"The real focus now has to be on the remaining forest areas and looking at how we can enhance and protect them, and also reconnect them to one another," he added.

"New" Loris Also New Species?

The Horton Plains slender loris is generally classified as a subspecies of Sri Lanka's red slender loris. But, thanks in part to the first ever pictures, researchers now believe the "extinct" loris could be a whole new species.

"It's clearly very different physically," Turner said. Compared to lowland lorises, the Horton Plains loris is "stockier, shorter limbed—and it's got a much longer fur coat."

Ongoing tests on DNA samples taken from the few individuals recorded to date, he added, should help to settle the issue.

Owen, James. 2010. ""Extinct," Pop-Eyed Primate Photographed for First Time". National Geographic News. Posted: July 19, 2010. Available online:

Wednesday, July 21, 2010

Medici Family Cold Case Finally Solved

Malaria, not murder, was responsible for the deaths of two members of the clan that dominated the Florentine Renaissance.

Scientists who exhumed the remains of several members of the Medicis, the clan that dominated the Florentine Renaissance, have conclusively dismissed the theory of family murders, solving a more than 400-year-old cold case.

Malaria, not poison as long rumored, killed Francesco I de' Medici, Grand Duke of Tuscany, and his second wife, Bianca Cappello, according to research to be published in Transactions of the Royal Society of Tropical Medicine and Hygiene.

The couple died a few hours apart in October 1587 after 11 days of agony. Their almost simultaneous deaths led to speculation that they had been murdered.

"It appears it wasn't poison. We carried an immunologic investigation and found evidence of the protozoan parasite Plasmodium falciparum. ... We are talking of the most deadly of the Plasmodium species that cause malaria," Gino Fornaciari, professor of forensic anthropology and director of the Pathology Museum at the University of Pisa, told Discovery News.

The founder of the Uffizi Gallery in Florence and a patron of the arts and sciences, Francesco (1541-1587) was more interested in alchemical experiments than dedicating himself to statecraft.

When his wife, Joan of Austria -- the ugly daughter of Ferdinand of Habsburg -- died, Francesco married his beautiful, long-time mistress Bianca Cappello (1548-1587). She lived only one day longer than he.

Although the original death certificates attributed the couple's demise to tertian malarial fever, rumors soon spread that Francesco's brother, Cardinal Ferdinando (1549-1609), had a hand in the their deaths. It was said that Ferdinando, who was at risk of being excluded from the succession, never tolerated the presence of the new Grand Duchess at the Medici court.

The rumors were further fueled by the fact that Francesco and Bianca fell ill a couple of weeks after Ferdinando came to the villa at Poggio a Caiano, near Florence, where the couple lived.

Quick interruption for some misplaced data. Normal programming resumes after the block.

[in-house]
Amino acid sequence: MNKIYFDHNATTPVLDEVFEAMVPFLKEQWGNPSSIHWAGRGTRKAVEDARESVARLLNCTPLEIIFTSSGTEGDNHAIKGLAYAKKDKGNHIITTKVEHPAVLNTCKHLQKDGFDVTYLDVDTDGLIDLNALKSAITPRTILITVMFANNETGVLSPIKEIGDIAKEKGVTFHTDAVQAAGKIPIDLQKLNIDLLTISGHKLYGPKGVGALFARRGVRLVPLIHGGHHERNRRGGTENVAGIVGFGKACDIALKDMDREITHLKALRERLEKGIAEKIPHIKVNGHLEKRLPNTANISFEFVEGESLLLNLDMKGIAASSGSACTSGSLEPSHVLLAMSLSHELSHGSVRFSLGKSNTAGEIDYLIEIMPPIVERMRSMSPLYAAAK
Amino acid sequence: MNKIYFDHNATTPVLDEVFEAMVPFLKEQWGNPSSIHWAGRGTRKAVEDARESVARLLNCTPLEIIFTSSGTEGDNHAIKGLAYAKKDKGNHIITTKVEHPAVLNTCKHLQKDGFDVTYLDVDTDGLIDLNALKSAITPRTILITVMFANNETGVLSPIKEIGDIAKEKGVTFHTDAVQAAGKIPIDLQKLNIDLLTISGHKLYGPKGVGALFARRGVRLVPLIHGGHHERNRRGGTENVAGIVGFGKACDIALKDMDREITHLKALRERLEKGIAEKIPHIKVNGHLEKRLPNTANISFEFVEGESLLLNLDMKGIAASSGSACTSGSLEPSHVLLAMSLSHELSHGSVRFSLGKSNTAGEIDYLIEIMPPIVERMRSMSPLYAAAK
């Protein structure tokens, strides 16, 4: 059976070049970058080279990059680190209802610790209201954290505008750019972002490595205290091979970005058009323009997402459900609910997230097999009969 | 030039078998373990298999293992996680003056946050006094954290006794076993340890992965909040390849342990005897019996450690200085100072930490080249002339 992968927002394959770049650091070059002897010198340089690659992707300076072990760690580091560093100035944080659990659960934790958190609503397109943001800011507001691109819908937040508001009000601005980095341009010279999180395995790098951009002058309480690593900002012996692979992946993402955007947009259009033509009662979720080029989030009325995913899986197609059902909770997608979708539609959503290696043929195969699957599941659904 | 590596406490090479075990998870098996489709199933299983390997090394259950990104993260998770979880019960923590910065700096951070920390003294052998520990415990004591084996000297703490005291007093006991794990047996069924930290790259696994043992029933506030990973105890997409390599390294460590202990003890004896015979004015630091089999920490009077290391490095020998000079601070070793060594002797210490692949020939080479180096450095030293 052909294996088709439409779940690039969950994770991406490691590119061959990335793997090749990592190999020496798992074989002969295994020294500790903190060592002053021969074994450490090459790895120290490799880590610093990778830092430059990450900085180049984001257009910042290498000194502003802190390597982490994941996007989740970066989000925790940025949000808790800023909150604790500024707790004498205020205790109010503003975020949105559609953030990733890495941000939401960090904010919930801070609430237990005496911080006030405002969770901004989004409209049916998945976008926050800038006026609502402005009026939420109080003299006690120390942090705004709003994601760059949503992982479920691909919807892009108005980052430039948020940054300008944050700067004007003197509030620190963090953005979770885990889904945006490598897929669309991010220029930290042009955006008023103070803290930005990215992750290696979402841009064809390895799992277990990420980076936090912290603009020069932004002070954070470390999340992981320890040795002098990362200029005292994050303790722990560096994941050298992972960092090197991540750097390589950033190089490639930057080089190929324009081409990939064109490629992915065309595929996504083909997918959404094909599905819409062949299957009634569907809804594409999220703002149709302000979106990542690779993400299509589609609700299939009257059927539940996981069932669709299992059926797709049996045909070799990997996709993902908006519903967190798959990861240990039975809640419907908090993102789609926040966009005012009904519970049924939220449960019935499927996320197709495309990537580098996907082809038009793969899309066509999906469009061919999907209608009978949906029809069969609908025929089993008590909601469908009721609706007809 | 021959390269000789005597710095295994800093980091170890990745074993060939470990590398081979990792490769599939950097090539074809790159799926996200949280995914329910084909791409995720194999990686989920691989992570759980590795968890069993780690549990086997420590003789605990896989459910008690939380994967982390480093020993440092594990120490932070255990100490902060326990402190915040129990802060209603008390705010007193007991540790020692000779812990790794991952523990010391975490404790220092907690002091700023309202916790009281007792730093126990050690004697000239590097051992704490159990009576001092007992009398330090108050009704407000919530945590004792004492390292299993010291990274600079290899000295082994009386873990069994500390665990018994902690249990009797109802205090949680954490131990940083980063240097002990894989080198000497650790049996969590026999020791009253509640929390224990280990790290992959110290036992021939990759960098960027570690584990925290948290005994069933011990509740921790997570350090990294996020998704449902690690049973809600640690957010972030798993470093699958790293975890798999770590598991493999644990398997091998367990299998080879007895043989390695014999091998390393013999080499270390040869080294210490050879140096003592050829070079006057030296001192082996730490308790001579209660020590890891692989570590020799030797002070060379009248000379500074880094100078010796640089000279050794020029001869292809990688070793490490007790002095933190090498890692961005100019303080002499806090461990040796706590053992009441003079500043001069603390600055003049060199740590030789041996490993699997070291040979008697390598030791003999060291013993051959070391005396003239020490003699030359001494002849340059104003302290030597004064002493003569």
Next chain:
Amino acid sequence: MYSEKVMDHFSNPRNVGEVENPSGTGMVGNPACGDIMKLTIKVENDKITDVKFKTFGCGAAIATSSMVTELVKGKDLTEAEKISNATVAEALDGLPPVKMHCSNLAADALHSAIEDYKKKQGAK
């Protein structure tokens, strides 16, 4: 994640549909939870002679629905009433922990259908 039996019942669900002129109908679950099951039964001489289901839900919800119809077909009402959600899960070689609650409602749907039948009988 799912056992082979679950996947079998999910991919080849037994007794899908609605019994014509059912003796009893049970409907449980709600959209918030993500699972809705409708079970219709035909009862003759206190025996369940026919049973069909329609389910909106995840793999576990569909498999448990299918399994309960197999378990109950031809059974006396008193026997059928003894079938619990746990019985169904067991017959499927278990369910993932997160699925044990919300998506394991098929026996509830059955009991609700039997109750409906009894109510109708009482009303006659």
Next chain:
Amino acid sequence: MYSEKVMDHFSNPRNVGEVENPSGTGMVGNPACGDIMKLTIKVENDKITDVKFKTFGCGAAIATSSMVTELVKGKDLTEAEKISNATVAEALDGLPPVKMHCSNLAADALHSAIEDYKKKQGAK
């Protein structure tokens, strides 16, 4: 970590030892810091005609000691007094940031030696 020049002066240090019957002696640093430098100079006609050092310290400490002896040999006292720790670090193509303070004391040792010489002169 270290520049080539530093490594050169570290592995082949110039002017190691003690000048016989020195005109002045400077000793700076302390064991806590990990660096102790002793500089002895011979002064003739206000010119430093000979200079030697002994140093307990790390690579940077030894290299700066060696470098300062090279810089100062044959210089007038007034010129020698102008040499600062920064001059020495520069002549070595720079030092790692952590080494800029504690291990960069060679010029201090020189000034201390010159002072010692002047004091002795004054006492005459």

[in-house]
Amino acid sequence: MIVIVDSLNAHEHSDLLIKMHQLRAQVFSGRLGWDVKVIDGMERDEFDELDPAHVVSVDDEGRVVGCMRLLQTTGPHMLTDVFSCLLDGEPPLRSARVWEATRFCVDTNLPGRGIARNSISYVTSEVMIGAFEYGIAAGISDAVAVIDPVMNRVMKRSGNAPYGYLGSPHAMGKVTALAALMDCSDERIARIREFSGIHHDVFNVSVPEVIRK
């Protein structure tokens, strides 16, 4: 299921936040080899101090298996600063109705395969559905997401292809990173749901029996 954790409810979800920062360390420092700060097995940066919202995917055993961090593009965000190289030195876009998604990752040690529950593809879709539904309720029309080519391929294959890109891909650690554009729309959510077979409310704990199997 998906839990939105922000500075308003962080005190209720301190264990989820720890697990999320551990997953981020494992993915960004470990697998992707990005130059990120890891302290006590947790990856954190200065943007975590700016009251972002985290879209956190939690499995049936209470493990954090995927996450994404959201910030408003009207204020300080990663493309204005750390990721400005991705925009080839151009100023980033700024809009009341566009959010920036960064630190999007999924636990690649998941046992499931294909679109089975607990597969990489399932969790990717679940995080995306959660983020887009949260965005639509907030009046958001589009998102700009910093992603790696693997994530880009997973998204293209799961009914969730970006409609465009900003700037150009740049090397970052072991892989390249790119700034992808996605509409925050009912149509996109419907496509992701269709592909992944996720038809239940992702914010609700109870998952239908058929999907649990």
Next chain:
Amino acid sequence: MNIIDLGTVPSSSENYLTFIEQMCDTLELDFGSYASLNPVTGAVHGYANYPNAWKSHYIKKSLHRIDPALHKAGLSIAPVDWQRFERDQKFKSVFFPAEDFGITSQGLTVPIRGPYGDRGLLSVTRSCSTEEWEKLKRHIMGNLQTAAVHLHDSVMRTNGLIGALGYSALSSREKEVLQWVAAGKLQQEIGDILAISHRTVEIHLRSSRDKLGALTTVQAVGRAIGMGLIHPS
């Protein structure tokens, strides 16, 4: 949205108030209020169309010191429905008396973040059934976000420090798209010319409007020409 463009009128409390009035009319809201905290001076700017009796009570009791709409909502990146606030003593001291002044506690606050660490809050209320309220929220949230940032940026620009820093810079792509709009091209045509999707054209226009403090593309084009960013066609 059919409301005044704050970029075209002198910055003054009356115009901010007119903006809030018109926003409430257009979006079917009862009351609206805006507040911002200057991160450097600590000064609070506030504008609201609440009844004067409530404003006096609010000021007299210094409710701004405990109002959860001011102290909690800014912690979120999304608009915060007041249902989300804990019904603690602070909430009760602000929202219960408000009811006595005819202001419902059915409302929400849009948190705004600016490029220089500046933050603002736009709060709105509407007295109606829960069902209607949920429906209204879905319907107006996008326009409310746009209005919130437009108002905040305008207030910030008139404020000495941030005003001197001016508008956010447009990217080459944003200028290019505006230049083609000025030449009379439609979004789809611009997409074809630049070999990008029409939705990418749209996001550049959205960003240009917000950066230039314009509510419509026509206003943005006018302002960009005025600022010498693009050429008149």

With Francesco's death, Ferdinando became Grand Duke -- the last great Grand Duke of the Medici dynasty.

"He ruled with great skill and was the real beginner of a very rational trend in the government of Tuscany," Cristina Acidini, superintendent of Florence museums, told Discovery News.

A supporter of the arts, Ferdinando bolstered commercial and industrial activity, and arranged a series of strategic weddings in the family.

However, the controversial death of his brother remained a shadow over Ferdinando's legacy.

Ferdinando should be fully exonerated, according to Fornaciari, who in 2006 questioned the results of a toxicological study that pointed to arsenic poisoning as the cause of Francesco's death.

"I believe that the high arsenic concentrations found by the researchers were due to the frequent use of arsenic mixtures in embalming. Francesco died of pernicious malaria," Fornaciari said.

Fornaciari and colleagues detected Plasmodium falciparum's histidine-rich protein 2 in spongy bone samples belonging to Francesco, whose skeletal remains were unearthed from the Medici Chapels in Florence in 2004. Analysis could not be conducted on Bianca's remains since her burial site remains unknown.

The researchers used bones of Cosimo I de' Medici, Francesco's father who died of pneumonia, and Joan of Austria, Francesco's first wife who died in childbirth after producing her seventh child, as control samples.

As expected, Cosimo's and Joan's bones were all negative.

This study marks the first time that this immunological technique has been used to detect ancient P. falciparum proteins in bone samples.

"Muscle has been considered the best tissue for the detection of P. falciparum malaria because of its abundant red cell content," anthropologist Raffaella Bianucci, at the department of Anatomy, Pharmacology and Legal Medicine of Turin University, told Discovery News.

"Obtaining a positive result in bone samples is important because it opens new possibilities to test ancient skeletons," said Bianucci, who identified the traces of the parasite in Francesco's bones.